(I should have done that!)

I had paddled Arctic Hawks and Sparrow Hawks in the past (composite boats from Wilderness Systems), so I did have some idea of what to expect when I built the AH. It’s a great kit, and a great boat to paddle. If you can find a builder in your area who will let you paddle theirs, do give it a try!


Layoffs and Used Market
There are many used wooden kayaks for sale at very low prices. Most of them are well finished and probably better done than I would do my self. The top dollar goes to impeccable wooden kayaks but the middle of the road creations can be often had priced lower than the cost of a kit.

I built a wooden boat once. It was during last recession. I was jobless, with spare time on my hands. The boat was great and I enjoyed it very much. It cost me about 50% more than I originally thought when all the materials added up. For the money I spent on it I could easily have 2 used wooden kayaks or a nice lightweight fiberglass model.

The wooden boat honeymoon ended after about 2 years when the boat needed TLC… and every year afterwards…

it’ll be different
the Chatham doesn’t have much rocker, what makes it slower is what makes it nice in waves.

If you add up all the dollars it takes to make a kit kayak add about 40% for materials and incidentals. If you make the kayak with minimal epoxy it’ll be about as light or lighter than a kevlar kayak but it will be more susceptible to cosmetic damage for the simple reason that thin coatings of epoxy and light glass provide less protection against water intrusion (water vapor can go through thin coatings of epoxy) than thicker coatings of epoxy. If you build like the average firstime builder or someone who wants the kayak to be cosmetically durable if it’s not stored religiously with hatches off and out of the sun it’ll weigh closer to 50lbs.

A Shearwater Merganser 18 has similar displacement as your Chatham 17 but will be a lot faster. It actually has more rocker.

If you get a wood parts only kit from Shearwater and glass/epoxy from RAKA you could have a finished kayak for about $750.

The displacement of the Merganser 18 is about the same as a CD Caribou. If you don’t know how to roll you’ll need to learn with the Shearwater/Merganser17.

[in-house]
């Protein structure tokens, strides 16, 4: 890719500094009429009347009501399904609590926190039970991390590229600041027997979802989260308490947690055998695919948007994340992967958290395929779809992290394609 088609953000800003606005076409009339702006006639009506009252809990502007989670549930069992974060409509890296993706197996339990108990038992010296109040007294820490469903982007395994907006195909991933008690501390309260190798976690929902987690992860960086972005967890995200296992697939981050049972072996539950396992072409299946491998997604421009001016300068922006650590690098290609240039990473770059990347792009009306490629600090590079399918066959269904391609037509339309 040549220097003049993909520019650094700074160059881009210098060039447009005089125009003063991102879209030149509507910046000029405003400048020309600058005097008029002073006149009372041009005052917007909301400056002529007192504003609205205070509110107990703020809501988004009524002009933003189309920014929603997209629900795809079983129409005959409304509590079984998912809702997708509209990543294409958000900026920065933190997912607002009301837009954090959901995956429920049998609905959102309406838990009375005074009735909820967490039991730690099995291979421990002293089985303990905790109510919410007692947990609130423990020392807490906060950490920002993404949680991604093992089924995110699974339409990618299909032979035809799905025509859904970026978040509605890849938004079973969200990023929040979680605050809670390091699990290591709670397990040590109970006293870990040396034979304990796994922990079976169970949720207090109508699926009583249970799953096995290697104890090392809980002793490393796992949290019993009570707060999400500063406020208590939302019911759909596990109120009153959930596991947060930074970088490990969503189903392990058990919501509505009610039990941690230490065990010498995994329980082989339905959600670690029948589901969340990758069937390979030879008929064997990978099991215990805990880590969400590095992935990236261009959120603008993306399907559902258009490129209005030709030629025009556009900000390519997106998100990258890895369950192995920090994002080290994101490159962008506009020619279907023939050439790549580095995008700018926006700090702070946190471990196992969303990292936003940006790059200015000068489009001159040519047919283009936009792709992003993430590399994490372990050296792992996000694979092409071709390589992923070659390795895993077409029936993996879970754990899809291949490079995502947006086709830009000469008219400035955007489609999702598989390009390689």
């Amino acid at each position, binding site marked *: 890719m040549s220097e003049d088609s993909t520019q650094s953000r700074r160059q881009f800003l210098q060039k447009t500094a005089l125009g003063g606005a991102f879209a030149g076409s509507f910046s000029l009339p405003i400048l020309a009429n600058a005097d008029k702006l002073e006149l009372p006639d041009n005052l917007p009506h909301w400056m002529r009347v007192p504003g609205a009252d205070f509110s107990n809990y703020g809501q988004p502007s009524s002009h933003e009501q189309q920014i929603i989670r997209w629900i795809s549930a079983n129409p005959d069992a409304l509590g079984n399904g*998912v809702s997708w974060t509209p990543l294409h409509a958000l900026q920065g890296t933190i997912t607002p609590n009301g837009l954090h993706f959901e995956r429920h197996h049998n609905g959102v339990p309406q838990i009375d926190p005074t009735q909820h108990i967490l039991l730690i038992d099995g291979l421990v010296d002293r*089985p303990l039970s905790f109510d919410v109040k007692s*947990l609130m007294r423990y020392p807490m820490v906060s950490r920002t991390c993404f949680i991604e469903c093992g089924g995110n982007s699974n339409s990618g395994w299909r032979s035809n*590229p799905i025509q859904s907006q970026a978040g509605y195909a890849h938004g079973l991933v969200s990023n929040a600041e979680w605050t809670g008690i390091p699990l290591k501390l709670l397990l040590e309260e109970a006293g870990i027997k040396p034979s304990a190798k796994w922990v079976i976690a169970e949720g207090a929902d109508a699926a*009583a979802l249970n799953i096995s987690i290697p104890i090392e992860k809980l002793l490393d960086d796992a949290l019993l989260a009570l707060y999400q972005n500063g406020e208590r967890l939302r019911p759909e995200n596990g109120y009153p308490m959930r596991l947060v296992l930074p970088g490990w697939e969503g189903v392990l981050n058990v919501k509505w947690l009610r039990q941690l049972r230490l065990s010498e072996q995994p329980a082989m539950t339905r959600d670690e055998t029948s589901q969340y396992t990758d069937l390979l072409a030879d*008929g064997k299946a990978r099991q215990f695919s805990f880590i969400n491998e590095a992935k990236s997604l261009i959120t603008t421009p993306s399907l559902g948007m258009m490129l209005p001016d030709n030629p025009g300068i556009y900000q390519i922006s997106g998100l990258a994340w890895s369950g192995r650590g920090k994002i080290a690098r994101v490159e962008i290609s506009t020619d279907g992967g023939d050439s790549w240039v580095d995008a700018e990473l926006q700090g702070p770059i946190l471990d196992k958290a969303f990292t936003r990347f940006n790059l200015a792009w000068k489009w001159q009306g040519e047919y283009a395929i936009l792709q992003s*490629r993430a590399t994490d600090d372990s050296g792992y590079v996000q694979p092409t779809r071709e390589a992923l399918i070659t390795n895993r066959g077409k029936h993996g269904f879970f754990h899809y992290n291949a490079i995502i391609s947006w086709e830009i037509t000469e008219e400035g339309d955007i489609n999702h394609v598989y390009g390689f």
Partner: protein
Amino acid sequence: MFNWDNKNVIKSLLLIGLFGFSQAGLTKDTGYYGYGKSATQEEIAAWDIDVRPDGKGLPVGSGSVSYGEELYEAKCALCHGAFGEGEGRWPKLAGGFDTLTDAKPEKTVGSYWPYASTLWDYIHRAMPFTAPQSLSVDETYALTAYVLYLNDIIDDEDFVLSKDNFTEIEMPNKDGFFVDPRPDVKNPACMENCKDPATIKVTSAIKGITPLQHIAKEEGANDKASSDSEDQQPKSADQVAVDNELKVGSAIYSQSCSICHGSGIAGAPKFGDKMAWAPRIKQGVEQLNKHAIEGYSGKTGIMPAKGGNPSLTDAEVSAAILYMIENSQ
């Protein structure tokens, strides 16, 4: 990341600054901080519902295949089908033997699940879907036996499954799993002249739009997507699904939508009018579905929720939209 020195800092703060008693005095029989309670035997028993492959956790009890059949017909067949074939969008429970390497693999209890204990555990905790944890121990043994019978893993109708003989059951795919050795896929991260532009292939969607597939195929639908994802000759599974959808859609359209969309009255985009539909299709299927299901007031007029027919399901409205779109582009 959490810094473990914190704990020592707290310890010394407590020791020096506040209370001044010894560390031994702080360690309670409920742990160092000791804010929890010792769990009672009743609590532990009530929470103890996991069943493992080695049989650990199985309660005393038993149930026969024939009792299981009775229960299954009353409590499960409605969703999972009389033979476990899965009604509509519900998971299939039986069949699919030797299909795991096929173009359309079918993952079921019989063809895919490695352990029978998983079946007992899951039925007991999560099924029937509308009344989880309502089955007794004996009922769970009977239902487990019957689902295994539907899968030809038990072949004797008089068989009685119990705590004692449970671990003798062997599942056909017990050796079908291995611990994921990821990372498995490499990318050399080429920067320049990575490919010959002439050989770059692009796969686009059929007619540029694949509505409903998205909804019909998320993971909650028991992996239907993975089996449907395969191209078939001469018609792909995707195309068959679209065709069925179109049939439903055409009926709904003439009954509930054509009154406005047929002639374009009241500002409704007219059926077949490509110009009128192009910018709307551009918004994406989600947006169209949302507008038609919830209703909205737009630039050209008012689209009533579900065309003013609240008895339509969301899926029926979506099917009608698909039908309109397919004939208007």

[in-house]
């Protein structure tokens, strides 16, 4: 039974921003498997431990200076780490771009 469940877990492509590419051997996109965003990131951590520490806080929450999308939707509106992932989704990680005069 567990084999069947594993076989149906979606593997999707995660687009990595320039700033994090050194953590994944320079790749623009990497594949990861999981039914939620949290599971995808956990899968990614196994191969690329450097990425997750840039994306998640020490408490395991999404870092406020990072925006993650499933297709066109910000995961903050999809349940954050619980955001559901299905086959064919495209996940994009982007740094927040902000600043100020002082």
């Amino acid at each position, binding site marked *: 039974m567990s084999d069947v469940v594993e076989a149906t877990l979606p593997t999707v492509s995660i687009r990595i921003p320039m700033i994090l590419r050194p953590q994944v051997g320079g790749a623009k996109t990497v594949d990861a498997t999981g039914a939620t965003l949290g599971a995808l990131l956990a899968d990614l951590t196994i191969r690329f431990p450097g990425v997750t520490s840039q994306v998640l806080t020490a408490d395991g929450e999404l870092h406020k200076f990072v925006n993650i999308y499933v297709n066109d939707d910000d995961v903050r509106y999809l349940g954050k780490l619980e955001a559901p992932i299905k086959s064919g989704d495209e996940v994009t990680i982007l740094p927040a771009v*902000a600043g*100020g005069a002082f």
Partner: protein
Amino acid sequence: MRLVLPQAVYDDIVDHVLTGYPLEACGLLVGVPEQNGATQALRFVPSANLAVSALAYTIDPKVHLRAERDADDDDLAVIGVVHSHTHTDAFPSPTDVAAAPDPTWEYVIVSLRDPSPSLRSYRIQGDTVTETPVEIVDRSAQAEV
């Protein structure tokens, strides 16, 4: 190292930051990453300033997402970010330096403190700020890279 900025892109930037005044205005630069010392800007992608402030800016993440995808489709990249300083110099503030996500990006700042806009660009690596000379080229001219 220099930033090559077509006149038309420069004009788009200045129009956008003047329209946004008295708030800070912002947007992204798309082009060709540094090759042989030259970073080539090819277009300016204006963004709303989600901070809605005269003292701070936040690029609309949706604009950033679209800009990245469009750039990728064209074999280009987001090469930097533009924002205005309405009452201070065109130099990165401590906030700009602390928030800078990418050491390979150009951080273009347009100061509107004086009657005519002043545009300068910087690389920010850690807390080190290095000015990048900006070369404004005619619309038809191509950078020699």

Or you might search around for a used Eddyline Night Heron 16 which is a very efficient hull, light and may feel faster. not sure about room for a cart.

BTW there’s a cart with smaller wheels out there, have you seen it?

test paddle
The kit manufacturers will usually give you contact information for owners/builders in your area. Most owners are happy to show off their boat to an interested paddler.

Ask on the kayak builder’s forum – lots of good advice there:


I demoed a strip canoe, and then built a stitch & glue version without having paddled it. It isn’t exactly what I was hoping for, but I don’t regret doing it.

only for love
As with most things, you should build a kayak only when you love the process of building a kayak by hand. You should never build one when your objective is to obtain the finished product at lowest possible cost.

There is a great deal of personal contentment and knowledge to be gained by building anything. However, the odds are heavily against you in terms of obtaining the best economic results this way. Too many things come up, too many mistakes are waiting to be made, too many things have to be redone. The first time you do anything is likely to be inefficient.

I know three people who have built
Pygmy S and G. kayaks. The boats are great and if you get some of the abundant free advice along the way,you will do fine.

I have built 2 of JEM Watercraft’s canoe designs and both turned our nicely,but not near as nice as those Pygmys.I cut the wood myself.

Regarding size, call Pygmy or CLC and they will put you in the right boat.

I Built a Pygmy